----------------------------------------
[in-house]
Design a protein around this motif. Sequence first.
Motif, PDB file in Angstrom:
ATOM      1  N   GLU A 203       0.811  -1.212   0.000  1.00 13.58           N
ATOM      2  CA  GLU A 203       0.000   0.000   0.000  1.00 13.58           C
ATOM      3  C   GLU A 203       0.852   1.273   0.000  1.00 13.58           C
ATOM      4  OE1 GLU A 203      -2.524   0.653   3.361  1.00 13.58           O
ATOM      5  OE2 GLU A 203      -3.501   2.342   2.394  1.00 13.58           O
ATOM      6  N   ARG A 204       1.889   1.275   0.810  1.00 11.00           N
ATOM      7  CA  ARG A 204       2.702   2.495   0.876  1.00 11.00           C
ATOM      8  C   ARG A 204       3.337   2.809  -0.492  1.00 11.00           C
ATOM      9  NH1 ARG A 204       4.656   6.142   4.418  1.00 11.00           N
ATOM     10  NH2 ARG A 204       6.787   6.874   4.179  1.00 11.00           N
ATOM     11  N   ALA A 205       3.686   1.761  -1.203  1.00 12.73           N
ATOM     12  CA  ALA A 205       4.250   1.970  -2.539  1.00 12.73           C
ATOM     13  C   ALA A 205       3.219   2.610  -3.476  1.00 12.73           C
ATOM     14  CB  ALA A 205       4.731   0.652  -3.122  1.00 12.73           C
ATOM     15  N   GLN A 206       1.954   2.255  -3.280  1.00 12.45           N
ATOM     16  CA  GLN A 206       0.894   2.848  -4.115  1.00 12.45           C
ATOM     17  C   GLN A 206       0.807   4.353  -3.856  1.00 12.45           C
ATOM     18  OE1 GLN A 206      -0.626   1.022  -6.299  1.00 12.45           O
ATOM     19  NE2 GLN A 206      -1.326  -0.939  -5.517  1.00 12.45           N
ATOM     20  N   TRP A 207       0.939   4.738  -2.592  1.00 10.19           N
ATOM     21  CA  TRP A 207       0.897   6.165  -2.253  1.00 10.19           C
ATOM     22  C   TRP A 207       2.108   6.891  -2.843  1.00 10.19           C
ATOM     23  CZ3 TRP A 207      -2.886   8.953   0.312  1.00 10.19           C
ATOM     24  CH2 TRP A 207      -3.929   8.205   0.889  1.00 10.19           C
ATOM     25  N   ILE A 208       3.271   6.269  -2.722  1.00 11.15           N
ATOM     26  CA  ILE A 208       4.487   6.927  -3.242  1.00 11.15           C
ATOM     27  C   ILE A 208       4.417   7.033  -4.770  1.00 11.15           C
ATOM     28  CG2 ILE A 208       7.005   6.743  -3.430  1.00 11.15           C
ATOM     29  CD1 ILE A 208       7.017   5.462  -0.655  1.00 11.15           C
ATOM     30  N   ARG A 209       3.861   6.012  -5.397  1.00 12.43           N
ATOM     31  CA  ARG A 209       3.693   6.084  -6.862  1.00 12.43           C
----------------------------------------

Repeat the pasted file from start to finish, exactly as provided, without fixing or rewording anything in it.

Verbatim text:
[in-house]
Design a protein around this motif. Sequence first.
Motif, PDB file in Angstrom:
ATOM      1  N   GLU A 203       0.811  -1.212   0.000  1.00 13.58           N
ATOM      2  CA  GLU A 203       0.000   0.000   0.000  1.00 13.58           C
ATOM      3  C   GLU A 203       0.852   1.273   0.000  1.00 13.58           C
ATOM      4  OE1 GLU A 203      -2.524   0.653   3.361  1.00 13.58           O
ATOM      5  OE2 GLU A 203      -3.501   2.342   2.394  1.00 13.58           O
ATOM      6  N   ARG A 204       1.889   1.275   0.810  1.00 11.00           N
ATOM      7  CA  ARG A 204       2.702   2.495   0.876  1.00 11.00           C
ATOM      8  C   ARG A 204       3.337   2.809  -0.492  1.00 11.00           C
ATOM      9  NH1 ARG A 204       4.656   6.142   4.418  1.00 11.00           N
ATOM     10  NH2 ARG A 204       6.787   6.874   4.179  1.00 11.00           N
ATOM     11  N   ALA A 205       3.686   1.761  -1.203  1.00 12.73           N
ATOM     12  CA  ALA A 205       4.250   1.970  -2.539  1.00 12.73           C
ATOM     13  C   ALA A 205       3.219   2.610  -3.476  1.00 12.73           C
ATOM     14  CB  ALA A 205       4.731   0.652  -3.122  1.00 12.73           C
ATOM     15  N   GLN A 206       1.954   2.255  -3.280  1.00 12.45           N
ATOM     16  CA  GLN A 206       0.894   2.848  -4.115  1.00 12.45           C
ATOM     17  C   GLN A 206       0.807   4.353  -3.856  1.00 12.45           C
ATOM     18  OE1 GLN A 206      -0.626   1.022  -6.299  1.00 12.45           O
ATOM     19  NE2 GLN A 206      -1.326  -0.939  -5.517  1.00 12.45           N
ATOM     20  N   TRP A 207       0.939   4.738  -2.592  1.00 10.19           N
ATOM     21  CA  TRP A 207       0.897   6.165  -2.253  1.00 10.19           C
ATOM     22  C   TRP A 207       2.108   6.891  -2.843  1.00 10.19           C
ATOM     23  CZ3 TRP A 207      -2.886   8.953   0.312  1.00 10.19           C
ATOM     24  CH2 TRP A 207      -3.929   8.205   0.889  1.00 10.19           C
ATOM     25  N   ILE A 208       3.271   6.269  -2.722  1.00 11.15           N
ATOM     26  CA  ILE A 208       4.487   6.927  -3.242  1.00 11.15           C
ATOM     27  C   ILE A 208       4.417   7.033  -4.770  1.00 11.15           C
ATOM     28  CG2 ILE A 208       7.005   6.743  -3.430  1.00 11.15           C
ATOM     29  CD1 ILE A 208       7.017   5.462  -0.655  1.00 11.15           C
ATOM     30  N   ARG A 209       3.861   6.012  -5.397  1.00 12.43           N
ATOM     31  CA  ARG A 209       3.693   6.084  -6.862  1.00 12.43           C